Chains, much like man, cannot hold nor stop Lady Gaga; they must only hope to contain her and, shortly thereafter, succumb to the reality of inevitable acceptance and reverence.
Down to brass tacks – and knuckles: this. video. should. be. illegal. If Lady Gaga wasn’t so original, she’d be criminal – oh … wait. This video comes off the heels of her iconic Paparazzi video, also directed by Jonas “Brother Please, I Use My Cojones” Akerlund.
After all of the hype, the question remained in the back of every monster’s mind: “… but really, can anything make ‘Bad Romance’ look bad? Can Gaga even top herself at this point?” The collective answer was: “ … yes: bxxch is bad.” “Telephone” takes the theme of “Paparazzi,” douses it in Tarantino cinematics – sets it off – and sends Gagaloo off to see the Wizard, the Wizard of HBO Presents: Oz; it’s Pulp Fiction turned Pop Fact. Welcome to the GrindHaus of Gaga.
“Telephone” is a tale of three terrains: the pound, the pussy wagon, and the public.
The hold is Gaga’s Haus. Rolling solo dolo in a sea of chain gang Cholas, Gaga owns the video and the prison just like she did Hollywood and Vine. Right from the jump Gaga turned the walk of shame into the walk of Fame. She comes through the Pen harder than Baltimore: when the guard says “I told you she didn’t have a dick,” half the American male population breathed a sigh of relief at the confirmation of their heterosexuality – the other half re-questioned their own, and wondered if she was packing more than they were. They say the clothes don’t make the man, but as Gaga said of her VMA Paparazzi performance:
People say I’m no more than the clothes I wear; that’s exactly right: if they bleed, I bleed.
So what do the clothes say about her now? She goes hard. Kanye would never rock a mink fur in the winter like Killa Cam, Gaga would never rock anything less than chains and haute couture with killas, man; Hov might rock Versace shades four years straight, Gaga rocks Newport shutter shades: all. day. Pain is beauty: Emphysema of the eyes is ballin’. The new thug misses takes rumors and throws them on the ground – she will not be a part of the system. People say Gaga’s a crackhead; well, the news called it crack, she calls it Diet Coke – cans… as curlers. She rocks Virgin Mobile phones in her pants: cherry cherry boom boom – you’ve been popped.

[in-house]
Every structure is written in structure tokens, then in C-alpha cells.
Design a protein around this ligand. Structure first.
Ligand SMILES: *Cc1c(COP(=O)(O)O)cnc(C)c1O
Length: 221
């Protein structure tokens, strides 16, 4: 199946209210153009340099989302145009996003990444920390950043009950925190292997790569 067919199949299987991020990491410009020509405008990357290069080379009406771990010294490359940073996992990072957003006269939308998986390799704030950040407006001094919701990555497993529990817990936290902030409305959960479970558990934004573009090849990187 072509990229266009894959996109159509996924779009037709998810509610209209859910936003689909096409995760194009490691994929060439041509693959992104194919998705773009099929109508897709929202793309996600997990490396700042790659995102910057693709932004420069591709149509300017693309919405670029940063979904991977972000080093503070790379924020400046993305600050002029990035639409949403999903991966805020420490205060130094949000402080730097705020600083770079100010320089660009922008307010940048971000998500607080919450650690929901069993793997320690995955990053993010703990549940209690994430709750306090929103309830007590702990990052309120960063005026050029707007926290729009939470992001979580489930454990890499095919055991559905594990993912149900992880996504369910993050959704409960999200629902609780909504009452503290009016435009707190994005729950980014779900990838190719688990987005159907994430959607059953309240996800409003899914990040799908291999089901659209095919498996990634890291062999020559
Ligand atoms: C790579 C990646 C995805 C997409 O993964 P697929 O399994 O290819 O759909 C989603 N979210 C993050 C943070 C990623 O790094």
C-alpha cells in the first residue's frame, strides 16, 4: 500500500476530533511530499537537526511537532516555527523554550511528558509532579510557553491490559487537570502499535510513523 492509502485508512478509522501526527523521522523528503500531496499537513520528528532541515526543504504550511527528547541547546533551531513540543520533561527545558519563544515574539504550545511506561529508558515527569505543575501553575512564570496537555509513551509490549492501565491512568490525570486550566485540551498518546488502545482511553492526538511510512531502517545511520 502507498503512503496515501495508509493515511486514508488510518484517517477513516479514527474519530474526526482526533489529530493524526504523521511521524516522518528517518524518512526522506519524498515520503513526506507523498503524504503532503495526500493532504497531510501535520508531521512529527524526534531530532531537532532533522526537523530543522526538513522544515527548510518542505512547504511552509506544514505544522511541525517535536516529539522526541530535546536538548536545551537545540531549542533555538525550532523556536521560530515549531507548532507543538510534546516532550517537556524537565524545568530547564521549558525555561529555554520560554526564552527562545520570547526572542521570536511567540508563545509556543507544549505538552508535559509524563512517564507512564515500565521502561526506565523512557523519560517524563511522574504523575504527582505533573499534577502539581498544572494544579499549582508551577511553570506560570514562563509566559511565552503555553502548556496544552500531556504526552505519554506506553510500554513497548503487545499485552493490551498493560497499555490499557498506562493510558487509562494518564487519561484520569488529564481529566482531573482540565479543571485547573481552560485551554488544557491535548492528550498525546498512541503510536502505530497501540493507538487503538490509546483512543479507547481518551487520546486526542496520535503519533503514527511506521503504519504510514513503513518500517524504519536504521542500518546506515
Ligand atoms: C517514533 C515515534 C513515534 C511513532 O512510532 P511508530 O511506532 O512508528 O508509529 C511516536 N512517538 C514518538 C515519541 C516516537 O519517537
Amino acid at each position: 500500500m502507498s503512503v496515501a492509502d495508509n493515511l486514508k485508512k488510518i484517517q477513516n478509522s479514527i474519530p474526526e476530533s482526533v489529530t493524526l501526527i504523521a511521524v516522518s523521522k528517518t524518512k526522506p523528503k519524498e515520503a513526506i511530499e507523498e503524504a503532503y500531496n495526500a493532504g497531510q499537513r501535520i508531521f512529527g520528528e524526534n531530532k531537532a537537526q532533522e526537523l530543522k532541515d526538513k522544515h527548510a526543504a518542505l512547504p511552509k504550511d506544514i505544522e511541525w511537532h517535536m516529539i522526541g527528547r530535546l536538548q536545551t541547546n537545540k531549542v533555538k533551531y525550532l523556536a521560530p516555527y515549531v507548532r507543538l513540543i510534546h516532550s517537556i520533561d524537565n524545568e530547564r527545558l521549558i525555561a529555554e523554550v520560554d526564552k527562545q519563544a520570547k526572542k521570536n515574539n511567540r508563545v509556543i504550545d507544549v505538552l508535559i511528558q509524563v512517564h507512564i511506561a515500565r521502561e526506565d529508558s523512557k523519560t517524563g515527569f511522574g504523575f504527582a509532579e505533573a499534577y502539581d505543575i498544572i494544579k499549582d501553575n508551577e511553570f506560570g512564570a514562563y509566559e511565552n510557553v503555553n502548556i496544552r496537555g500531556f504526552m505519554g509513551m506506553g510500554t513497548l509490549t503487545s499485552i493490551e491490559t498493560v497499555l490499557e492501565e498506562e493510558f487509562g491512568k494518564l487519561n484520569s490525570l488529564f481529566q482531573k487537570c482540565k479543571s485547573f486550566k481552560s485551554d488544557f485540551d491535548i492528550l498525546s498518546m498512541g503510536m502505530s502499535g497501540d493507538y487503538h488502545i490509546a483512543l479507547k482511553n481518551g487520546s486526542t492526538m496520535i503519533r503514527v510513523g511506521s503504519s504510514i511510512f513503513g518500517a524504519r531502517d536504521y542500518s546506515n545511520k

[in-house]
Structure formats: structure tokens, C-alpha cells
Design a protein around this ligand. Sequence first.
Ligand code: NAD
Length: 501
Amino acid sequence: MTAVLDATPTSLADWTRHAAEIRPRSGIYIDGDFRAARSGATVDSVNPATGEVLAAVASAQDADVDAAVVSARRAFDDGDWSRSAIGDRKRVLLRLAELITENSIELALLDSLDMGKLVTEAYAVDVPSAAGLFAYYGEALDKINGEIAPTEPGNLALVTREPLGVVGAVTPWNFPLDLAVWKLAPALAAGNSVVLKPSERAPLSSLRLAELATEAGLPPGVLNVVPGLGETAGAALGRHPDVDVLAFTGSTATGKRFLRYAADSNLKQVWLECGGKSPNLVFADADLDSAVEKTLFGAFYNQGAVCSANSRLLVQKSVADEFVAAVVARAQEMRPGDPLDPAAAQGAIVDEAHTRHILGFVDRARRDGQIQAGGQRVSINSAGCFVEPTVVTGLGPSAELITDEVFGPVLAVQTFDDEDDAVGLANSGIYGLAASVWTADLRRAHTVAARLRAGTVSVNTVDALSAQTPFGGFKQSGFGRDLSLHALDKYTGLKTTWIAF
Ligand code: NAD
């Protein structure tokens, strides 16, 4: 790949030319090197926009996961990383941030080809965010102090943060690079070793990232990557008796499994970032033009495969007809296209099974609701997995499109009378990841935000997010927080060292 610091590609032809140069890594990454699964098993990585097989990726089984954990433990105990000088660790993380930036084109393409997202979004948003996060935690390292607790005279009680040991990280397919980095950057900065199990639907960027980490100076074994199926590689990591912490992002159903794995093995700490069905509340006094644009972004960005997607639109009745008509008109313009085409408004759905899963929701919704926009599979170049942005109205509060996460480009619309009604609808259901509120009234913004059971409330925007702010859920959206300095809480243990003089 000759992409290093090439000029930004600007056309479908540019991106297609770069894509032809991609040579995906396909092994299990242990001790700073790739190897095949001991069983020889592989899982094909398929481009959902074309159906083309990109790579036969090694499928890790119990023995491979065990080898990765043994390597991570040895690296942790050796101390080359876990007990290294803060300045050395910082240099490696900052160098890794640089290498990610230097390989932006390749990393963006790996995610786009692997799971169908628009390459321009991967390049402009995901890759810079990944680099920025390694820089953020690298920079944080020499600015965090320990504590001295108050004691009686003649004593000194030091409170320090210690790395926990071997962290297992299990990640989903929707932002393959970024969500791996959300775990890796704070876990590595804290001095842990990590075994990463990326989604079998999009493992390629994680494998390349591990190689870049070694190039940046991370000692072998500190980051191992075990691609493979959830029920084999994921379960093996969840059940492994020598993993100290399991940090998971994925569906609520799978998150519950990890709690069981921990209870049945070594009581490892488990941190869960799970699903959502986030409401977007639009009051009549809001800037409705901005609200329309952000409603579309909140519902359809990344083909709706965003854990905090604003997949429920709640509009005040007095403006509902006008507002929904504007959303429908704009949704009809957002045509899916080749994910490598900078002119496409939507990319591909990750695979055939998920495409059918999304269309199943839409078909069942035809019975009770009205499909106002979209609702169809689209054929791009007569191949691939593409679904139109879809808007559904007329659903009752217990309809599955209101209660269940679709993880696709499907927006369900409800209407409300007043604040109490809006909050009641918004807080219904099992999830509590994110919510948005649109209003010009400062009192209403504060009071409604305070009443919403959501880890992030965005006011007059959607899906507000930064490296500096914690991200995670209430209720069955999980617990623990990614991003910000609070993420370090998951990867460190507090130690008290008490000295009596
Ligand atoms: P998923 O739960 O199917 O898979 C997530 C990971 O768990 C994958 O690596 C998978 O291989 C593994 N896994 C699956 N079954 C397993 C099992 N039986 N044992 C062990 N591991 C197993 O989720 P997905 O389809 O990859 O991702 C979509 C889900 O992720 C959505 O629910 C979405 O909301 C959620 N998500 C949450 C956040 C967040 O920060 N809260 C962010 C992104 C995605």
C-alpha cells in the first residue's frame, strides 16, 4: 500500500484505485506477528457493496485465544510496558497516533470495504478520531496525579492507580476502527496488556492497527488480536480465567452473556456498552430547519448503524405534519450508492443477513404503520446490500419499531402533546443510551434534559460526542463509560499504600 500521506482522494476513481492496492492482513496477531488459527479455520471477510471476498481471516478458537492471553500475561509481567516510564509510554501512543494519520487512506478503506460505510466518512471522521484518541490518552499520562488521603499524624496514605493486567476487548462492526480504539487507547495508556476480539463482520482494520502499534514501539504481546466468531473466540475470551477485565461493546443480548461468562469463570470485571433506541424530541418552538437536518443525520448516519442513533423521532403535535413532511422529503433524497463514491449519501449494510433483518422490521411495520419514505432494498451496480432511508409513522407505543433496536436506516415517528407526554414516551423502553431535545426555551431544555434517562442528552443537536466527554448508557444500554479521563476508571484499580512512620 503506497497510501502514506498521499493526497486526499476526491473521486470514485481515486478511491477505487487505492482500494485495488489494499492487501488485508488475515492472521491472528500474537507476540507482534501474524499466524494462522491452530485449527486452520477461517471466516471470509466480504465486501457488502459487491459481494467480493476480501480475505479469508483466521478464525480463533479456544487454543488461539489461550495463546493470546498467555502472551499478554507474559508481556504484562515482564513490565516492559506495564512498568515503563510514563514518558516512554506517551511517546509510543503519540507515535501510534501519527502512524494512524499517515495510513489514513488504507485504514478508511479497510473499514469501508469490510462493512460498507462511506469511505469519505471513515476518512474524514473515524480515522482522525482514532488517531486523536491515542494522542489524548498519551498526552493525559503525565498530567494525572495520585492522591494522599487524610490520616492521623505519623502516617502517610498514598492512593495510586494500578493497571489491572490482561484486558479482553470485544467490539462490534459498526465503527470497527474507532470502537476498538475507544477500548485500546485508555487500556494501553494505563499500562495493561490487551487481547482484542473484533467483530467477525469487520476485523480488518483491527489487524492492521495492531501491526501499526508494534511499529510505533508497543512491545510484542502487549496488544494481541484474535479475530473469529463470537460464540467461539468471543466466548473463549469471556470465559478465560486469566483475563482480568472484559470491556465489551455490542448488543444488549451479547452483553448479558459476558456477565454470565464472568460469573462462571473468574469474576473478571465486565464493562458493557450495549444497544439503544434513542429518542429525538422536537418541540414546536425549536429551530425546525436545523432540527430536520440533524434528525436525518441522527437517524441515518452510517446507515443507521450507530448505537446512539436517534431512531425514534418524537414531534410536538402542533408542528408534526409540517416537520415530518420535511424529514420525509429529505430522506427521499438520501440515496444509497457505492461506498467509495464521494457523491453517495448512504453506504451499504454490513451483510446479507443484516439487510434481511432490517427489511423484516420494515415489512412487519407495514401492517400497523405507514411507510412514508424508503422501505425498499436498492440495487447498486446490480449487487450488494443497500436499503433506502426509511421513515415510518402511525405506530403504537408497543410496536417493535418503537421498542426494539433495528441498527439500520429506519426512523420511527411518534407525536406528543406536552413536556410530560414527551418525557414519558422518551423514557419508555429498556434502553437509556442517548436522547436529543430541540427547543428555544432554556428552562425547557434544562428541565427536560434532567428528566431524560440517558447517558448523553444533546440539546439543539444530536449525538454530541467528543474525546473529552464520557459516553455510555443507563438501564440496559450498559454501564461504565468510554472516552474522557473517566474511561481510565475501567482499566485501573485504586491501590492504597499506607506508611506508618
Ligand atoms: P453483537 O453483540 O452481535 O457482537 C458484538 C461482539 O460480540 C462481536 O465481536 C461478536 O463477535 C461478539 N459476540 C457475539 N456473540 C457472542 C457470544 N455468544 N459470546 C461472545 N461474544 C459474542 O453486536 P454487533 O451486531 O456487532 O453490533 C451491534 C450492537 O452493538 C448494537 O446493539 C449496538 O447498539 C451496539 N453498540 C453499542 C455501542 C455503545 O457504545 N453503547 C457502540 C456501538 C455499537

The Yard is her field of peerless competitors – the T Swifts, Rihannas, Ke$has and Katy Perrys. It is the L.A. Reids and Diddys. It’s the sharks with which she swims. She came in an assumed farce, and comes out a feared force. The prison is Gaga’s playground, she goes to the depths, mingles with the monsters, and moves on to the next one – but she’ll be back.
A Gaga bailout from Beyonce made sense after “Video Phone;” after “Telephone” though it seems more audacious than the government bank bailout. Oh Honey B – Hov might want to guard his cookies because Gaga took a bite out of that Honey Bun like it was Bey’s bad girl meat.
One-on-one, Gaga at 23 can go toe-to-toe with any celebrity, artist, icon, or contemporary. Anyone who said Gaga didn’t bring it to “Video Phone”… said that because they didn’t know any better, and Gaga kindly brought it back. She rides shotgun, she plays the part of passenger – and still manages to upgrade the pilot. Whether in a pickup truck, or in the booth laying down tracks, Gaga is Pop’s deadliest partner in crime – and she is K-Slaying it right now. Gaga: unshakable; the game: shook like a Polaroid picture.